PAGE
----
Her call was 10 minutes early, and it sounded like she was in the back of a limo or Uber as she began to talk. The voice in Victoria belonged to Silken Laumann, a Canadian Olympic hero two decades removed. With the help of a chain of PR folks, I had contacted her to discuss Hudson Boat Works, the London, Ont. maker of elite row boats, many of which will appear in the upcoming Rio Olympics.
Despite their best intentions, it’s common for a call or meeting arranged by a PR rep to be delayed or cancelled. You don’t need a PR rep if you’re not a busy person with lots of demands on your time. Laumann works with GoodLife Fitness, so it was their PR folks who told me when to expect her call. When my phone rang early, identified as GoodLife, I expected someone was calling to reschedule.
But it was Laumann herself, apologizing for being early (!) and happy to talk about the boats she rowed during her career, her relationship with Hudson and other boat makers, and the importance of rowing to London itself.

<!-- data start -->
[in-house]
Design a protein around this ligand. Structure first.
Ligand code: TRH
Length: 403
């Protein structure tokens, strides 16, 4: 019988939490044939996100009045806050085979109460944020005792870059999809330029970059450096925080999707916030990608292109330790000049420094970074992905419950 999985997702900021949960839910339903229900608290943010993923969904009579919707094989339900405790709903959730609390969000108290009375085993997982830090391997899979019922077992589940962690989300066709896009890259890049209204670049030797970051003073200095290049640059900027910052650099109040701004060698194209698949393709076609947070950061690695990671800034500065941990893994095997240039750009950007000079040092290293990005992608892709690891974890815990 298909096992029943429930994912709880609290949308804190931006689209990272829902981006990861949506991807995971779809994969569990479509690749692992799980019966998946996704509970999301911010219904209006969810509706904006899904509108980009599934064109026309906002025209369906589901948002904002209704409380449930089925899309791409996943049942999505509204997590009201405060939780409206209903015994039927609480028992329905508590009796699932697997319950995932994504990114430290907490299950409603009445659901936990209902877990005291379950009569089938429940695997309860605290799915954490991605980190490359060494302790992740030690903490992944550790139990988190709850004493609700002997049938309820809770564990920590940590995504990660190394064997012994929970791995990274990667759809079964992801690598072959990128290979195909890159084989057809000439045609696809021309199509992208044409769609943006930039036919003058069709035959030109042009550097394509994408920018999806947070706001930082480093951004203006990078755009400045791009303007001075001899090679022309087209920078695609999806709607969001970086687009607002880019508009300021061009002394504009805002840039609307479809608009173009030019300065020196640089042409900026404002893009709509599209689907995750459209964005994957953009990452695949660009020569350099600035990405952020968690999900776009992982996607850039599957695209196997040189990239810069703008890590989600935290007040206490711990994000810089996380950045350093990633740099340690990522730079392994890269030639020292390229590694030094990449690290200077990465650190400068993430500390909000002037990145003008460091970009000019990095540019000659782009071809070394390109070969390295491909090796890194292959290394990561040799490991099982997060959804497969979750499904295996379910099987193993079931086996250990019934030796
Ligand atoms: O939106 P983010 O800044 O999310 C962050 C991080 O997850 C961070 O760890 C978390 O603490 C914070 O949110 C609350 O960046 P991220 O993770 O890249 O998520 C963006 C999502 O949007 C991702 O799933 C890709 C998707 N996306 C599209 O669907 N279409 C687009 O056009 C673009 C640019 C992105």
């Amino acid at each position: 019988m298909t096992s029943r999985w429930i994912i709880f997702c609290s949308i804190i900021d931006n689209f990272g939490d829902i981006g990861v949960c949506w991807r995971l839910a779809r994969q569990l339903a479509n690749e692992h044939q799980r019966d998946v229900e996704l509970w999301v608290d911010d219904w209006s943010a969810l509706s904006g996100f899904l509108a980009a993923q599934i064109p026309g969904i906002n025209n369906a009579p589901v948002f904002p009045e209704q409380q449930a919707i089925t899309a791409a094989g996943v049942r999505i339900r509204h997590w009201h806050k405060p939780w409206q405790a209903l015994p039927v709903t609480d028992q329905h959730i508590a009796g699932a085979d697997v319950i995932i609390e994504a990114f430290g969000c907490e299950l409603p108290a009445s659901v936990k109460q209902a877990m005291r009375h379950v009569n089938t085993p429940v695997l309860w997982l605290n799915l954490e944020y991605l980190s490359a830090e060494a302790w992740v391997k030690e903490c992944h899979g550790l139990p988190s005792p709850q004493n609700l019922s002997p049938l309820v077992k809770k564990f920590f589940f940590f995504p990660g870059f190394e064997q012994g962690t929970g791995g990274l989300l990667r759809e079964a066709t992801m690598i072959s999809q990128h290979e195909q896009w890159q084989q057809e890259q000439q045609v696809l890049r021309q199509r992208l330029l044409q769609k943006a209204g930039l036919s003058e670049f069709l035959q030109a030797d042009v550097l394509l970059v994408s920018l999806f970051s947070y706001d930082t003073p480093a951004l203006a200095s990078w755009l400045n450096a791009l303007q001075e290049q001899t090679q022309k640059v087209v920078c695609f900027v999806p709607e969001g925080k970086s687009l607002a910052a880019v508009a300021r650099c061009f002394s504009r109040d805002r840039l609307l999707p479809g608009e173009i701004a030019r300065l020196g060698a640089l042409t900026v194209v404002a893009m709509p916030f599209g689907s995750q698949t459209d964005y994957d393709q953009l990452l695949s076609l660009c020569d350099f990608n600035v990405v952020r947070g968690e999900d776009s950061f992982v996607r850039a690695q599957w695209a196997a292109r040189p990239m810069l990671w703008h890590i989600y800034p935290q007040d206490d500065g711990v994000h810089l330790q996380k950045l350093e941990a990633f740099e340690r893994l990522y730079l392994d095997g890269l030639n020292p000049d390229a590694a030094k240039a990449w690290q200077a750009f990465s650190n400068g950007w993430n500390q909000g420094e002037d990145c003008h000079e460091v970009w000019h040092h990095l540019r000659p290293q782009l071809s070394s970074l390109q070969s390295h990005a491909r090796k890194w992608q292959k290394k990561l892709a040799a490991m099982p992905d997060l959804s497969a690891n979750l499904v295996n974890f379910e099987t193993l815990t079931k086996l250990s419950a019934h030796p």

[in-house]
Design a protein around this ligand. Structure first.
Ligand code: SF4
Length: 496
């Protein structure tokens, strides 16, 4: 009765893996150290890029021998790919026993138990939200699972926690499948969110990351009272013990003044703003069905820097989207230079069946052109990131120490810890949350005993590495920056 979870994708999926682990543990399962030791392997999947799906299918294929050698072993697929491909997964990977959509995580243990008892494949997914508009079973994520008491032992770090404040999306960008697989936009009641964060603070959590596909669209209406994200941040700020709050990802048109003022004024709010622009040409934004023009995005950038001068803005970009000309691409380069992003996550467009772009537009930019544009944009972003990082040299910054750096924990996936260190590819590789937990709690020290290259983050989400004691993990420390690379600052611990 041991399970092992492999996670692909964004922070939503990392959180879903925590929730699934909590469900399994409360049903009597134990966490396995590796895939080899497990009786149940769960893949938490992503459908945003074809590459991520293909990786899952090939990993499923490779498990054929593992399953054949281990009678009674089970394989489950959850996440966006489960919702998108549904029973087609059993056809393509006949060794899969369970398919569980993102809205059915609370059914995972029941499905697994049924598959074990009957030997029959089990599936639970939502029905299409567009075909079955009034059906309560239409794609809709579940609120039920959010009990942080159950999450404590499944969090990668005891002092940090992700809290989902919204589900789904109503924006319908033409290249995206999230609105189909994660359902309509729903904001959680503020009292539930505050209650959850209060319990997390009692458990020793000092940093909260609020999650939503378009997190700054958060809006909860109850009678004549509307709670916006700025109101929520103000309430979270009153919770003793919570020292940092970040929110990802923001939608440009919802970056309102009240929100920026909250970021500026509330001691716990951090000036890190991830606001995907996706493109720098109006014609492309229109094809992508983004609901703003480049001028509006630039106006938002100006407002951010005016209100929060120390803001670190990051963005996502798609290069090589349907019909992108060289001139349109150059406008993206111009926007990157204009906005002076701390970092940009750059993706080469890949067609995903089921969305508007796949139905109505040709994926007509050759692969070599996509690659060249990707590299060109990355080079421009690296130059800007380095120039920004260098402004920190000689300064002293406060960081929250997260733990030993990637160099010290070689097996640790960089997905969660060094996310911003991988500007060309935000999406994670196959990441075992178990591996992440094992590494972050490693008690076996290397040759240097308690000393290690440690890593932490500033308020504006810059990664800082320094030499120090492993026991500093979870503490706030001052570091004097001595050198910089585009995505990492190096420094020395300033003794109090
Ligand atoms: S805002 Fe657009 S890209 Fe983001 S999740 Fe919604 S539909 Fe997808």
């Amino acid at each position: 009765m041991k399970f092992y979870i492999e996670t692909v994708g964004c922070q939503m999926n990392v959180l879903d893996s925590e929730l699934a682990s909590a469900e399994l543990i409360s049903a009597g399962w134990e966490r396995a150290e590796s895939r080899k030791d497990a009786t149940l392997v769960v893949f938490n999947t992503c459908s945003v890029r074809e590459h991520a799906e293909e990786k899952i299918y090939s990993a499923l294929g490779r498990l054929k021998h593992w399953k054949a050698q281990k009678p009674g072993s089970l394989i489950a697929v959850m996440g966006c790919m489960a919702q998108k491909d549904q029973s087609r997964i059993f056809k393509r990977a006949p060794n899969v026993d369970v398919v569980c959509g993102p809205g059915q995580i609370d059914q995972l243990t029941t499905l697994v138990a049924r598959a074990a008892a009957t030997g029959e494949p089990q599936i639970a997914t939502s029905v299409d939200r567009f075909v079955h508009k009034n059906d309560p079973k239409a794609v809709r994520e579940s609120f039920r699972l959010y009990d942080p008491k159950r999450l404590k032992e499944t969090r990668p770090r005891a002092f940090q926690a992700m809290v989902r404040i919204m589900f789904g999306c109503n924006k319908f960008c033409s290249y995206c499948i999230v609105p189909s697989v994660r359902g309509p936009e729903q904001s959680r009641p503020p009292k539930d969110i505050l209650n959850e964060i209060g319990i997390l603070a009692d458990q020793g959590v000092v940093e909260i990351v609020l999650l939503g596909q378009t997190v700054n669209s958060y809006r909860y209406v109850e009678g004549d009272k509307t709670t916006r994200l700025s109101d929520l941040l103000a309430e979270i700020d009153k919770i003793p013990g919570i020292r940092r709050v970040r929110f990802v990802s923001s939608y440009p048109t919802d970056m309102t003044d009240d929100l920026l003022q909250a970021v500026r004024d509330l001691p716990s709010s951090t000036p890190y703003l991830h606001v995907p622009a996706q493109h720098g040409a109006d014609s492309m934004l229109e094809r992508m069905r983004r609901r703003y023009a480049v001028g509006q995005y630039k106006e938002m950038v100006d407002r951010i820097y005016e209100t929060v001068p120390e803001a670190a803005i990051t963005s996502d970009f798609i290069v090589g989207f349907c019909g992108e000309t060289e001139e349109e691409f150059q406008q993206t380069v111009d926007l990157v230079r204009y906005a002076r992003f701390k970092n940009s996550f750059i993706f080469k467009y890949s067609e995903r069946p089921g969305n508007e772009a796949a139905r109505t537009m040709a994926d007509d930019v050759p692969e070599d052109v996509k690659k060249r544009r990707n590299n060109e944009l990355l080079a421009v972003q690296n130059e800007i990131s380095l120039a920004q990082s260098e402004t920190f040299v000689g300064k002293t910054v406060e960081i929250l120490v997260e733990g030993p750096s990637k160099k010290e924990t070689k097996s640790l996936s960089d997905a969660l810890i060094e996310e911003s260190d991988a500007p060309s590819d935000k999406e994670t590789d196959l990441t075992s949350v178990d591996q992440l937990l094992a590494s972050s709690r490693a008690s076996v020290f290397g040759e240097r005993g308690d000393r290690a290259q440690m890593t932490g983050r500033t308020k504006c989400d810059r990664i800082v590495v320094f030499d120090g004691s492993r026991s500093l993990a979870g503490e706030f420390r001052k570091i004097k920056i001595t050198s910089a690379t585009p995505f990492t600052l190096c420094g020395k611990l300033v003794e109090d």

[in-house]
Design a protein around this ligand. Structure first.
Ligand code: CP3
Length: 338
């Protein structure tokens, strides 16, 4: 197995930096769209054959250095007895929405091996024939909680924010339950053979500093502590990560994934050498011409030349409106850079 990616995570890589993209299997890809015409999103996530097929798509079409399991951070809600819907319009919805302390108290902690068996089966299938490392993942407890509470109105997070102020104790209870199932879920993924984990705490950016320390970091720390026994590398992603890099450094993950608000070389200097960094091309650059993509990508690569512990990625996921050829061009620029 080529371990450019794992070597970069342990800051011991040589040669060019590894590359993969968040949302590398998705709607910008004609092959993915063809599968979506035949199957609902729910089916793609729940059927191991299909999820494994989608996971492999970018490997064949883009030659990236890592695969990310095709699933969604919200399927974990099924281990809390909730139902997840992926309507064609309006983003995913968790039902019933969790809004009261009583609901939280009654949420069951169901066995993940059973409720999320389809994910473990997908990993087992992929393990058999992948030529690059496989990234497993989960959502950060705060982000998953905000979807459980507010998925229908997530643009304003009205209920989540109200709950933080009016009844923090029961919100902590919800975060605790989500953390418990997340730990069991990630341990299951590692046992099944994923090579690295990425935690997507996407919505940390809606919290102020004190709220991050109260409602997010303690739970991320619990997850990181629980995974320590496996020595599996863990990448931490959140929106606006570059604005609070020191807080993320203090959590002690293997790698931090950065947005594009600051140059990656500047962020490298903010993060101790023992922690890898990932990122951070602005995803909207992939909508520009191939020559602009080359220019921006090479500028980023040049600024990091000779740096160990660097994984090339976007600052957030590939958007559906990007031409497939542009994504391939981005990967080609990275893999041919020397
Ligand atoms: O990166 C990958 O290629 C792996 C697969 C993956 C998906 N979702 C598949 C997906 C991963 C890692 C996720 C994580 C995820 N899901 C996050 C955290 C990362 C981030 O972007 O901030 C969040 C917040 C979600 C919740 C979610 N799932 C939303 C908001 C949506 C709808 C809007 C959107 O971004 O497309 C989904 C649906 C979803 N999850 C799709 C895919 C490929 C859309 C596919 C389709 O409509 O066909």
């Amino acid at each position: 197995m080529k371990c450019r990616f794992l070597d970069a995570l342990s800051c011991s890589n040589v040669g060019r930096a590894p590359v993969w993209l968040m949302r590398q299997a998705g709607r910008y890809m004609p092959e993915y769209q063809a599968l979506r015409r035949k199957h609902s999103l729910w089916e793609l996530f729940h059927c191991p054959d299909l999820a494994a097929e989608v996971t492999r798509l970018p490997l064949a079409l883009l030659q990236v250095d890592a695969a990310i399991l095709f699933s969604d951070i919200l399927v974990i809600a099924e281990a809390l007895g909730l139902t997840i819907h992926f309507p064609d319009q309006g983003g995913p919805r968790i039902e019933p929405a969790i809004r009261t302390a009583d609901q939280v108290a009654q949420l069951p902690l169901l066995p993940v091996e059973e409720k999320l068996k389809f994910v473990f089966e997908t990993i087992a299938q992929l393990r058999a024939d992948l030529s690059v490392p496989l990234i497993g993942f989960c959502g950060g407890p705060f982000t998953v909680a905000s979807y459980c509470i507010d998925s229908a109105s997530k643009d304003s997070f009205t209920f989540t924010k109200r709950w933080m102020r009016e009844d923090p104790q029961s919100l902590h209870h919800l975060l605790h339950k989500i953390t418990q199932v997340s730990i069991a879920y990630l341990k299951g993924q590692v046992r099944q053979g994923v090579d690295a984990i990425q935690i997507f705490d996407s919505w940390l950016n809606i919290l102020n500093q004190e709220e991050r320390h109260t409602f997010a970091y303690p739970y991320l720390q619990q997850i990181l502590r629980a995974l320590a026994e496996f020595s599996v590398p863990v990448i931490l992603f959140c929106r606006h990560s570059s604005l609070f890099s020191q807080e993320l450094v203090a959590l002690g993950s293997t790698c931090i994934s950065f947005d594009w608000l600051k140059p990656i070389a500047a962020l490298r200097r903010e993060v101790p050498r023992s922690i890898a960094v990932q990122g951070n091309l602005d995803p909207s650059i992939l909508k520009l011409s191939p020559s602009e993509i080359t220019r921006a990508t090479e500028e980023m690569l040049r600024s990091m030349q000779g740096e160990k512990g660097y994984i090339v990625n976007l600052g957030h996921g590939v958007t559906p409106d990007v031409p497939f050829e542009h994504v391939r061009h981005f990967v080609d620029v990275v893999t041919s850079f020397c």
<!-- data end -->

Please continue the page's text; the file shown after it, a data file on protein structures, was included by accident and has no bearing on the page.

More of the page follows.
Much of what she said can be found in my Business London cover story this month. As she spoke, she stopped periodically to give directions to her driver. She seemed to know the area better than he did. But then she hopped right back into our conversation each time.
She doesn’t row anymore but cheers for her son and daughter, both world-class rowers at their respective colleges. “I do triathlons for fun, as well as yoga and skiing, lots of activities,” she said.
Laumann was among the very last Olympic rowers to switch from wooden boats and oars to carbon fibre, following the 1992 Games. In Atlanta four years later, she was in a Hudson carbon fibre shell and won a silver medal in single sculls. “Hudson knocked it out of the park with that design,” she said. “It was an outstanding boat.”
Hudson has been knocking it out of the park ever since, supplying boats to competitive rowers and rowing clubs around the world. Its iconic shark fin will be visible on dozens of boats from various countries in Rio.
As our conversation ended, Laumann arrived at her destination and told her driver where to park. “My son is driving today,” she said with a verbal wink. And with that, she said goodbye.